I think every writer wrestles with the balance of how much to share. Editors and alpha writers can help with the insights but while the process is ongoing, you’re mostly on your own.
I do not explain the complicated Travail social structure. I do not share Travail Mavarish Seth Ted’s vision, nor the visions of Seth Zed and Seth Mee decas later. I don’t explain decas, stellavel, vyhlla, vyhllaminiums, vyllasethin, or vhyllasetha. I don’t tell what a masq is, nor how they came to be worn. I don’t explain the history of Concentrates. You need to learn these things from the context. Some of that is too ingrained in the characters’ ways to ever be explained. It would be like Humans explaining how and why we’ve come to brush our teeth and the history of the tooth brush.
I don’t explain the involved history between the Sabards, Travail, Monad, Humans and Profemie, and the deeper history of the Travail Exnila and Travail Englis, Humans, Profemie and Monad. I know that history. I’ve thought about it a lot and I’ve written a great deal in the novel bible and other documents. I tell much more about the Wrinkle and its existence in the novel, and why Pram made the choice to be a Colossus, and I tell about his starship, the Pentagon. I guess I’m fond of writing about the starships.
I think about all this frequently in between beginning scenes. Should I tell more? If so, how do I tell it without becoming historian, reporting on these linkages? I think about ‘Lord of the Rings’, Asimov’s Foundation series, and Frank Herbert’s ‘Dune’, Michener’s sprawling novels, television shows such as ‘The Expanse’, ‘The Colony’, ‘Dark Matters’ and ‘Stranger Things’, and older shows like ‘Star Trek’ and ‘Firefly’. Those are just the apex material of my thinking pyramid as I write this novel. Each character, era, society and culture maintains its histories. The connections weave through my head and form a substantial fabric, but how much should be shared with the reader?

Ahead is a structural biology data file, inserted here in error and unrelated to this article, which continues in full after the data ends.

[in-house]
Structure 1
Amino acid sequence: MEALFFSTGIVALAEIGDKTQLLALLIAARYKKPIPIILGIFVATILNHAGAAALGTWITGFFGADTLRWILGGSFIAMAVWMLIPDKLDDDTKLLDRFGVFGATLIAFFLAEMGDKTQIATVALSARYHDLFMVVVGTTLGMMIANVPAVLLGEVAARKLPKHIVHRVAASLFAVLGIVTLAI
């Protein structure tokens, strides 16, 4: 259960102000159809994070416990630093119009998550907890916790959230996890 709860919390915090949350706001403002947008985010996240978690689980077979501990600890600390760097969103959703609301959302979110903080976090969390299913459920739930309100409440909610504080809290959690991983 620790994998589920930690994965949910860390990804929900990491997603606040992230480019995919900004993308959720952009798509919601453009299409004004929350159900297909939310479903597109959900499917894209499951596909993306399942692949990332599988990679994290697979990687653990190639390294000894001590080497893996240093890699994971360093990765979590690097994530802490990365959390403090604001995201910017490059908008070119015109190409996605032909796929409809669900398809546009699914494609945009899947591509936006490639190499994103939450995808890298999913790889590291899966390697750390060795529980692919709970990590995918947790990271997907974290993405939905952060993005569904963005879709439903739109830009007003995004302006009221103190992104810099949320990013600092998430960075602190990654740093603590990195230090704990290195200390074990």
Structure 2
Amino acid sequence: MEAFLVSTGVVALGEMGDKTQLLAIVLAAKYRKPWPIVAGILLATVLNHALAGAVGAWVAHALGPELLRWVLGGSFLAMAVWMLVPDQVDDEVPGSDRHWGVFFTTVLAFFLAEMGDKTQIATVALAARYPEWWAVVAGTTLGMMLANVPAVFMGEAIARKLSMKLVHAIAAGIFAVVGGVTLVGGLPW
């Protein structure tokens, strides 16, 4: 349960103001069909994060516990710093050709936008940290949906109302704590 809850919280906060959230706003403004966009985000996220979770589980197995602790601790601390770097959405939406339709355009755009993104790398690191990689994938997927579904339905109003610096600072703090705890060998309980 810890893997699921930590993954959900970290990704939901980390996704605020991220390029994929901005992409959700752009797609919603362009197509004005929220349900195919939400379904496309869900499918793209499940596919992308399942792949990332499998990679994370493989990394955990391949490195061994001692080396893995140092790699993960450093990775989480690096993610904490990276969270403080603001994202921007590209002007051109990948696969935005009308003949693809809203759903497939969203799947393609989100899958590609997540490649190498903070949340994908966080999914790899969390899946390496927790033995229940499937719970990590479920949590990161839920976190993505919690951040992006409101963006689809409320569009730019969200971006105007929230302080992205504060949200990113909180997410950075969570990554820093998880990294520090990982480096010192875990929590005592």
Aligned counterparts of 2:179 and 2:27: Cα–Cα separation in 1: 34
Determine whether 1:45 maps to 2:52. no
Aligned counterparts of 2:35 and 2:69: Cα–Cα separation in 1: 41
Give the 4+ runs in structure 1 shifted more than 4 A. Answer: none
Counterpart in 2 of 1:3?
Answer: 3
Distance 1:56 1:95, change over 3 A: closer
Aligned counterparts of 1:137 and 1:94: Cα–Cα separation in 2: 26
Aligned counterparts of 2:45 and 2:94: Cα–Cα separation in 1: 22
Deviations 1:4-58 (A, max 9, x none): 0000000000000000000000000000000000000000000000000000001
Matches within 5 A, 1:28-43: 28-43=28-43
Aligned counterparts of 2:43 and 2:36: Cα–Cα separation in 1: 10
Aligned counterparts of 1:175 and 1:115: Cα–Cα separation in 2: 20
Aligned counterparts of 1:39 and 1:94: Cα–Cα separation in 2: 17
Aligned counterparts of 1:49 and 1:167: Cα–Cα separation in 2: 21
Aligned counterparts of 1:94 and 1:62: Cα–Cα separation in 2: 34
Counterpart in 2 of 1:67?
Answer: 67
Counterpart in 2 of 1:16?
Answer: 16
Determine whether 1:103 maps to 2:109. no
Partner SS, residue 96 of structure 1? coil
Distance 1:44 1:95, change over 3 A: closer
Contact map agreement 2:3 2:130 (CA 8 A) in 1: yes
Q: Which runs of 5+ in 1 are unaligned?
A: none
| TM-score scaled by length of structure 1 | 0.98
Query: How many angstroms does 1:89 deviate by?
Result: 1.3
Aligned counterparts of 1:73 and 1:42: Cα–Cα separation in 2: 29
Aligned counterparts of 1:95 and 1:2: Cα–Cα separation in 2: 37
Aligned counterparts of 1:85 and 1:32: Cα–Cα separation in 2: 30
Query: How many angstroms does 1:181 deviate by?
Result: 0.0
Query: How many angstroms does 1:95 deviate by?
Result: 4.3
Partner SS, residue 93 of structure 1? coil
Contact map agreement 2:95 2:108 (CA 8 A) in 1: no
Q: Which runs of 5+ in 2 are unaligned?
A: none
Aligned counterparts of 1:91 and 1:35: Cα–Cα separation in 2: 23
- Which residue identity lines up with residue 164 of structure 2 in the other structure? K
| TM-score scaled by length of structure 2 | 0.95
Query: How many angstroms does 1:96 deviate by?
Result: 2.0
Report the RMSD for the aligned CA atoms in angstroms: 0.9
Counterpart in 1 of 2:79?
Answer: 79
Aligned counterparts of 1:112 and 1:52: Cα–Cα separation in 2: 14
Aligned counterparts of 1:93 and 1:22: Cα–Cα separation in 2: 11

I pause now to explain this because I write to learn what I think, and to confess and cleanse my writing soul. I confess because I hit the reader with these terms within the novel’s first two paragraphs. Grab on, hold on, if you can. I admit, I like writing like this. To steal one of James Tiptree, Jr’s short story titles to express my approach, it’s the only neat thing to do.
My confession is over. Half of my mocha remains. And look: the coffee shop has emptied. The staff’s voices echo across the space. The rain has stopped and sunshine is visible. It looks like it could be a pleasant walk today.
That’s for later. Time to return to writing like crazy, at least one more time.